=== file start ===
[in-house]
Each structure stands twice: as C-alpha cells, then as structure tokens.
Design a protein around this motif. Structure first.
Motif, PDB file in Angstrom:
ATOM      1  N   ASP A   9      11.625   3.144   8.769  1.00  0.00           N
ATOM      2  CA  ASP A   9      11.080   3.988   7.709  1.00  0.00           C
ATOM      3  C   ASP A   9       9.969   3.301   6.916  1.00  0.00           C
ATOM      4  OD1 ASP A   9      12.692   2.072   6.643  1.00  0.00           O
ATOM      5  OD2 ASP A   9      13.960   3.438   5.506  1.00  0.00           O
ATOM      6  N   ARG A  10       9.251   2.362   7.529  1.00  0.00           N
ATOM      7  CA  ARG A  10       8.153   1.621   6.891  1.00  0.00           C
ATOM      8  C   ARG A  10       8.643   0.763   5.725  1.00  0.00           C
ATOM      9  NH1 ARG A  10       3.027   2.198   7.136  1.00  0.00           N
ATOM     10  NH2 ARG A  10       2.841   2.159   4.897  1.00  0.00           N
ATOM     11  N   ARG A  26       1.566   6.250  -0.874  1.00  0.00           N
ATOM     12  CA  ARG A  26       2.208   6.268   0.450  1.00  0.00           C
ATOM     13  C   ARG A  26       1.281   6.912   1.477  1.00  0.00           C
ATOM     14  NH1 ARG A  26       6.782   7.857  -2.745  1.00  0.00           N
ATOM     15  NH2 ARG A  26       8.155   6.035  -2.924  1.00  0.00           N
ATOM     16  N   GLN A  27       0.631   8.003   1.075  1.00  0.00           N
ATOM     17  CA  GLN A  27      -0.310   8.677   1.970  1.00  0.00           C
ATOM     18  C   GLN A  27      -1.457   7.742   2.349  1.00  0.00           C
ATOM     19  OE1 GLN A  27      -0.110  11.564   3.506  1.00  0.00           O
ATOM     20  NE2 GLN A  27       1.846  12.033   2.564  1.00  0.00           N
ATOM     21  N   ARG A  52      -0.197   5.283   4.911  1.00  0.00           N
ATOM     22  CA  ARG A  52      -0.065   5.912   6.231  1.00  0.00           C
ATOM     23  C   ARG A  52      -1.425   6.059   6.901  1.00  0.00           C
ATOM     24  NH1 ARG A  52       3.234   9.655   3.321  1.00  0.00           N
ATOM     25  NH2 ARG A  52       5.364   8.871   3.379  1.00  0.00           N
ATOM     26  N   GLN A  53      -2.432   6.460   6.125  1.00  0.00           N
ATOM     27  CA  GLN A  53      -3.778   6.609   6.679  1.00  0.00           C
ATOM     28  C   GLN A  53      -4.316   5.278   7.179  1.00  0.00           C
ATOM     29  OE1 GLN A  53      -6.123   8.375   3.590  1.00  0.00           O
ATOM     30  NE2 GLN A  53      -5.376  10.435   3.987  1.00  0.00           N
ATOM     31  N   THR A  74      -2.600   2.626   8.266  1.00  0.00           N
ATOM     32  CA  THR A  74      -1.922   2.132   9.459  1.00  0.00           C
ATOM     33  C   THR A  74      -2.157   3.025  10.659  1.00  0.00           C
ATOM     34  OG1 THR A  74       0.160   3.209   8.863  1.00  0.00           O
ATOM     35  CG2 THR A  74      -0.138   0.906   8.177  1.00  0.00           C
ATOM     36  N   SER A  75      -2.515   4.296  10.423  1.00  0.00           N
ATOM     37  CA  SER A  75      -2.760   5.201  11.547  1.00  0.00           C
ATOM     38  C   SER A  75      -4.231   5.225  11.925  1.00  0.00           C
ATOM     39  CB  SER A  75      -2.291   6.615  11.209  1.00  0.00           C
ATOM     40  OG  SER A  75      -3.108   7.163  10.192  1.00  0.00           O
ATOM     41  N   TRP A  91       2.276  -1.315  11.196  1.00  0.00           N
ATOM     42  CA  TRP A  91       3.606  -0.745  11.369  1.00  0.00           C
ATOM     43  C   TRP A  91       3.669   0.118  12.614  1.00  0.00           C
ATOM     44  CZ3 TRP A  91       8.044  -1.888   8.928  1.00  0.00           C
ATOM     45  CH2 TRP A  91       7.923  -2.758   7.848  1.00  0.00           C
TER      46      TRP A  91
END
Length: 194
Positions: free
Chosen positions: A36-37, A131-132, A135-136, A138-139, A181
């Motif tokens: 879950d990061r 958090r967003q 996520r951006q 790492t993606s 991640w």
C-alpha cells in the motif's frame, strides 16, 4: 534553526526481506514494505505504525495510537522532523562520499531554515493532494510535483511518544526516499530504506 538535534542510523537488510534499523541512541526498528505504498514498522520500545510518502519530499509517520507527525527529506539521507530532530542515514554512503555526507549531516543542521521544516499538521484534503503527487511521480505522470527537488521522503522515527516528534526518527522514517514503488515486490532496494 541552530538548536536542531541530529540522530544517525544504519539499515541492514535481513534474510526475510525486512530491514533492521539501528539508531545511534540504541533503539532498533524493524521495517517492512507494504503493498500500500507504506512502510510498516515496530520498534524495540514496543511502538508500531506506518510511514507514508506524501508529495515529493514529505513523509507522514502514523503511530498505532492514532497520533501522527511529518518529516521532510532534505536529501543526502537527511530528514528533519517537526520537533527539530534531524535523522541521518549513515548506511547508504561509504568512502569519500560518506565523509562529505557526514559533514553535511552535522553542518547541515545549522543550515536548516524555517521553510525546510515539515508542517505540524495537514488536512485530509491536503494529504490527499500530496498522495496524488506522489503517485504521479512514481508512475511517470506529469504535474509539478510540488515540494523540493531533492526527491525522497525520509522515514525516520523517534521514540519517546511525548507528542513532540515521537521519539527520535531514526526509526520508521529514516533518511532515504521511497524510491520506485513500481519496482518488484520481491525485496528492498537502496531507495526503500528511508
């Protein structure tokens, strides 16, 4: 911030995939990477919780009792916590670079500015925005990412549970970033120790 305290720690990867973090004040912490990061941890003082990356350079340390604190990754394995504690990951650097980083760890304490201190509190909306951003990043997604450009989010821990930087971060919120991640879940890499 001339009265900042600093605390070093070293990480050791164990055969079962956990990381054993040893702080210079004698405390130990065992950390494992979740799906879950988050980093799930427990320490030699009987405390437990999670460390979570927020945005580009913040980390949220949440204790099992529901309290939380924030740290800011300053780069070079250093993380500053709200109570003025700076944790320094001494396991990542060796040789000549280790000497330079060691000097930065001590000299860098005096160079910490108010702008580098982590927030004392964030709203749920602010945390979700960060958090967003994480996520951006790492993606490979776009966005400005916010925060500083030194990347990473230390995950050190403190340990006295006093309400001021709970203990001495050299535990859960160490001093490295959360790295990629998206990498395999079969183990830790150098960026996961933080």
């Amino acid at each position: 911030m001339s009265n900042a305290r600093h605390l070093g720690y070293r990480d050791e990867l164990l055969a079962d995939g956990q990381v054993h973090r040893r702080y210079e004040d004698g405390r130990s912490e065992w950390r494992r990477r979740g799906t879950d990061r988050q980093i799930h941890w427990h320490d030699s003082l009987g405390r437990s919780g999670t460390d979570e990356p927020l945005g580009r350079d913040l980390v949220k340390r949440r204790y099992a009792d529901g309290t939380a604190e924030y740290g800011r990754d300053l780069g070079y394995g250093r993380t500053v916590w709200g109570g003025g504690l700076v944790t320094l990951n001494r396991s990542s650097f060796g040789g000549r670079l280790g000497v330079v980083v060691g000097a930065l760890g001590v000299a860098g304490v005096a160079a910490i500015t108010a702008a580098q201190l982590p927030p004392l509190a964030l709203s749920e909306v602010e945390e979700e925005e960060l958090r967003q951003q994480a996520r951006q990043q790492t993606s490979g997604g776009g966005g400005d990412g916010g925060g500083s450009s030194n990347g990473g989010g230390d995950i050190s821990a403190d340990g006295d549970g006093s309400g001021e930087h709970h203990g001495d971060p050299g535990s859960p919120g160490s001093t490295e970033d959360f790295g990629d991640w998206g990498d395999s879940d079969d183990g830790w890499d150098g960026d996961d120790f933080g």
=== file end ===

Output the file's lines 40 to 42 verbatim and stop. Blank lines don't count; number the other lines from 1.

ATOM     36  N   SER A  75      -2.515   4.296  10.423  1.00  0.00           N
ATOM     37  CA  SER A  75      -2.760   5.201  11.547  1.00  0.00           C
ATOM     38  C   SER A  75      -4.231   5.225  11.925  1.00  0.00           C